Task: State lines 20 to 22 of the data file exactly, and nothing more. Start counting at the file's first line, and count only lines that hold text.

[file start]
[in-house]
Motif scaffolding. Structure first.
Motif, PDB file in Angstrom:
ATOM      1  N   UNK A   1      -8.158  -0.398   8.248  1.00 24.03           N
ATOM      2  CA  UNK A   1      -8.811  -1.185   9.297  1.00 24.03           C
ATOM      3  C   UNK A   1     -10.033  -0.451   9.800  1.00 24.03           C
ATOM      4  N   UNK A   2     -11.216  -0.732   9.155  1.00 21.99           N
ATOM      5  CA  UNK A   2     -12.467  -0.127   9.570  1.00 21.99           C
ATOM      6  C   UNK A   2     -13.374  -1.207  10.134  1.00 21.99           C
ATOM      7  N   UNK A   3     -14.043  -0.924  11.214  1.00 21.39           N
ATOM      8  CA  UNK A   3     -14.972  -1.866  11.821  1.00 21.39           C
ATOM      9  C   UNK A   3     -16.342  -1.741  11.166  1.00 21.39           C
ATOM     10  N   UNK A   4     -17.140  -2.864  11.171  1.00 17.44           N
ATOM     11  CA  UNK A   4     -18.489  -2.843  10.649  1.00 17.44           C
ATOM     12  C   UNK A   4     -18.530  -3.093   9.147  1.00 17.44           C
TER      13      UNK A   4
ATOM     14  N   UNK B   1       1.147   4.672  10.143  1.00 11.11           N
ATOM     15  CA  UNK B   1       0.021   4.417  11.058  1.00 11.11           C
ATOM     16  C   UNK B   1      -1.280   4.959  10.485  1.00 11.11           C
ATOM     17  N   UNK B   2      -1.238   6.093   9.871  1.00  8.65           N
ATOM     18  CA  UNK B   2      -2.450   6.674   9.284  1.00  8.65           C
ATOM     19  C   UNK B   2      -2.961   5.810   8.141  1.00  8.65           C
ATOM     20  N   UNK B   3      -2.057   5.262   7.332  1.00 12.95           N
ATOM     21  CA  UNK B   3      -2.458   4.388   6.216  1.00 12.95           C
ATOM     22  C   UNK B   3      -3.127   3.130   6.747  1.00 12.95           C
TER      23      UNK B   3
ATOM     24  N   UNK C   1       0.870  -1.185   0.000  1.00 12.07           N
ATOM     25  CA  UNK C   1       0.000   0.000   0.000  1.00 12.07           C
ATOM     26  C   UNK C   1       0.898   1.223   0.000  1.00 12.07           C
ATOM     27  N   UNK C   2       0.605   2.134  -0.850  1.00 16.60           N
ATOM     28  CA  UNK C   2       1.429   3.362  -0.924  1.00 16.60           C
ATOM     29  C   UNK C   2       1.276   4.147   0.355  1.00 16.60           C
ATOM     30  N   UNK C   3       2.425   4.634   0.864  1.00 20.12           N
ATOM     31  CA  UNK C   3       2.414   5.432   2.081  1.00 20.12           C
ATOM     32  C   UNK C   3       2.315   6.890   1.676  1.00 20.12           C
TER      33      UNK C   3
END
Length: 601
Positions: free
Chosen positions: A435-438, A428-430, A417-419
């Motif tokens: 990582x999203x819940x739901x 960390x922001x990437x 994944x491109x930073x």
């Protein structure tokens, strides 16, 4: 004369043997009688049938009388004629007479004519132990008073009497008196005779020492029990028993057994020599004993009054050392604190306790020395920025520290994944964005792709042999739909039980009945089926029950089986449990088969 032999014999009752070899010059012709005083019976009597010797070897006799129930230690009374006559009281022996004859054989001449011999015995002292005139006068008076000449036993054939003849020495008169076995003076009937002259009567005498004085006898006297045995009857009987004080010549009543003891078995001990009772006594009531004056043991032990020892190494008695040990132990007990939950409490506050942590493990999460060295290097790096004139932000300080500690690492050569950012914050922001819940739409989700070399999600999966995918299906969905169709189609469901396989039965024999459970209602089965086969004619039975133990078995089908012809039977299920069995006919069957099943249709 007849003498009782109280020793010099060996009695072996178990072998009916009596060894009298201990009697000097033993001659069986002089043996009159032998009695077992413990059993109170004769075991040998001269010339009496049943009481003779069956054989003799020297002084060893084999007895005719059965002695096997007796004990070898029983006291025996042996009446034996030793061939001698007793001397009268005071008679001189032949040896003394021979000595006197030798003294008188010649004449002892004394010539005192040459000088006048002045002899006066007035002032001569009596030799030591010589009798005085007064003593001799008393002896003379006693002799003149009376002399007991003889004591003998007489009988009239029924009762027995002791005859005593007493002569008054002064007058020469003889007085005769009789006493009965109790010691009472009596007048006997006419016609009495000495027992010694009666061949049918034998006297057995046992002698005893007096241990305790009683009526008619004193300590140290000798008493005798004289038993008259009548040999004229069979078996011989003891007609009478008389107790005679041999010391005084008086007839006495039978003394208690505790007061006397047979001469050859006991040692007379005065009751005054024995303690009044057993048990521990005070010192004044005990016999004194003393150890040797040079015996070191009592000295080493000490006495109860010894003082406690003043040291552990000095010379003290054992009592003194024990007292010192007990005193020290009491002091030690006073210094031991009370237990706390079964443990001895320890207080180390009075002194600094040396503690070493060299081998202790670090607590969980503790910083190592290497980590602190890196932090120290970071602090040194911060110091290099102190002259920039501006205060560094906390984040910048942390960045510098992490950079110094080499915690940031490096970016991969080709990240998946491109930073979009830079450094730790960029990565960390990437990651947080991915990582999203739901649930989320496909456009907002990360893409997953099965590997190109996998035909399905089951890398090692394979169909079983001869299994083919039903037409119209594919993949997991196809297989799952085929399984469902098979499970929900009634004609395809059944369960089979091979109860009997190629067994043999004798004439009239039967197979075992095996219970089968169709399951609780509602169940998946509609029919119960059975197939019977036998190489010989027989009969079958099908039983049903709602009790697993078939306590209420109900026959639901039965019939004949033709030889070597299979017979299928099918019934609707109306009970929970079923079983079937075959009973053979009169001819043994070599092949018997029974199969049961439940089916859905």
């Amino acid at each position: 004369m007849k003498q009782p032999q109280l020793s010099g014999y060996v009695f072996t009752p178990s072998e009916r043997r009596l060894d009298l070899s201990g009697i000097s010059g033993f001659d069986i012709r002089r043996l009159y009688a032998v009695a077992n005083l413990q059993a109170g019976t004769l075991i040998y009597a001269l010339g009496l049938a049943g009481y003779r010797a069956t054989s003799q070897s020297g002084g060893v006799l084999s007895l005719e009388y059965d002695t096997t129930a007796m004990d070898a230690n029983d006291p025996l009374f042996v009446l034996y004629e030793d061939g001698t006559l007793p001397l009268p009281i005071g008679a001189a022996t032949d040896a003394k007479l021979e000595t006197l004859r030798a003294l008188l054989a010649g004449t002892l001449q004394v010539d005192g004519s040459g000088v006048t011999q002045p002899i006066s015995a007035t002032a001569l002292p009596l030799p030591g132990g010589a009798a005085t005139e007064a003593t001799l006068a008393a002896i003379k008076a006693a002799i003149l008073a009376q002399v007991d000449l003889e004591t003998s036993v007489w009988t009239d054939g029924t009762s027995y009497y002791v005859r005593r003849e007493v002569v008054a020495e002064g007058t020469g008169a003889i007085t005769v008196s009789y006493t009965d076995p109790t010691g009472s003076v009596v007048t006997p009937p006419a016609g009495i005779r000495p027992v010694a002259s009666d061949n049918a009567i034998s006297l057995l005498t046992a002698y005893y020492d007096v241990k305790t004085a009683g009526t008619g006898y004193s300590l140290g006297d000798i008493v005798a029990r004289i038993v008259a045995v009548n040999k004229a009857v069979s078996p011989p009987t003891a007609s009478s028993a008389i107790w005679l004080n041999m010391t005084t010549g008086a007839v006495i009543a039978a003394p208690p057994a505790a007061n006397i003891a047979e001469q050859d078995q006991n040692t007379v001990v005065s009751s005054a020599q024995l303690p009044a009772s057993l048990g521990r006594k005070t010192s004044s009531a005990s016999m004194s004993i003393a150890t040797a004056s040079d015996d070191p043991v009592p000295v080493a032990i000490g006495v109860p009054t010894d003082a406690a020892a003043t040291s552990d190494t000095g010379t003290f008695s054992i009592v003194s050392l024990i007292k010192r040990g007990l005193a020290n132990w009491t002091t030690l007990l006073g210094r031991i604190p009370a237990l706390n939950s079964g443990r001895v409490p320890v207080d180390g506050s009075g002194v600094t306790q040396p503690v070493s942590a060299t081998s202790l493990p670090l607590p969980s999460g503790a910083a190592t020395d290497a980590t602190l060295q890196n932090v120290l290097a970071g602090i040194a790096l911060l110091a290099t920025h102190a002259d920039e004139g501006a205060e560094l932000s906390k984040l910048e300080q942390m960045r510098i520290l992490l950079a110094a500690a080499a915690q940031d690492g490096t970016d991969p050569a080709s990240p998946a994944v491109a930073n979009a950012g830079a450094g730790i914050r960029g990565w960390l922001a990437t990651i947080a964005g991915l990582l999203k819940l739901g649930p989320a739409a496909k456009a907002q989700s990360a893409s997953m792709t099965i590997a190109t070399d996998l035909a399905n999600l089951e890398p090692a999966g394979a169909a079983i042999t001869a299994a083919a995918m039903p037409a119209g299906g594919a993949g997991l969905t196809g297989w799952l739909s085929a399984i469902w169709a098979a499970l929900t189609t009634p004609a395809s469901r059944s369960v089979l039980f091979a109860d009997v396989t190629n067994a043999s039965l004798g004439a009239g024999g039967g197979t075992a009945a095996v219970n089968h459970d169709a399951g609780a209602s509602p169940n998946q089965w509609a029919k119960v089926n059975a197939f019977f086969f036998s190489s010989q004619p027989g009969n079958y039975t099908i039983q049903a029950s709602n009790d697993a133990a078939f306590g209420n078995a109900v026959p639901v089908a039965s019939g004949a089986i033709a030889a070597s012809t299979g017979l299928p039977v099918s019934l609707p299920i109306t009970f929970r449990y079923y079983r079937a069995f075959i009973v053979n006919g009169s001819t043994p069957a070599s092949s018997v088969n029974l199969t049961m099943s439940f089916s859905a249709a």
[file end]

ATOM     17  N   UNK B   2      -1.238   6.093   9.871  1.00  8.65           N
ATOM     18  CA  UNK B   2      -2.450   6.674   9.284  1.00  8.65           C
ATOM     19  C   UNK B   2      -2.961   5.810   8.141  1.00  8.65           C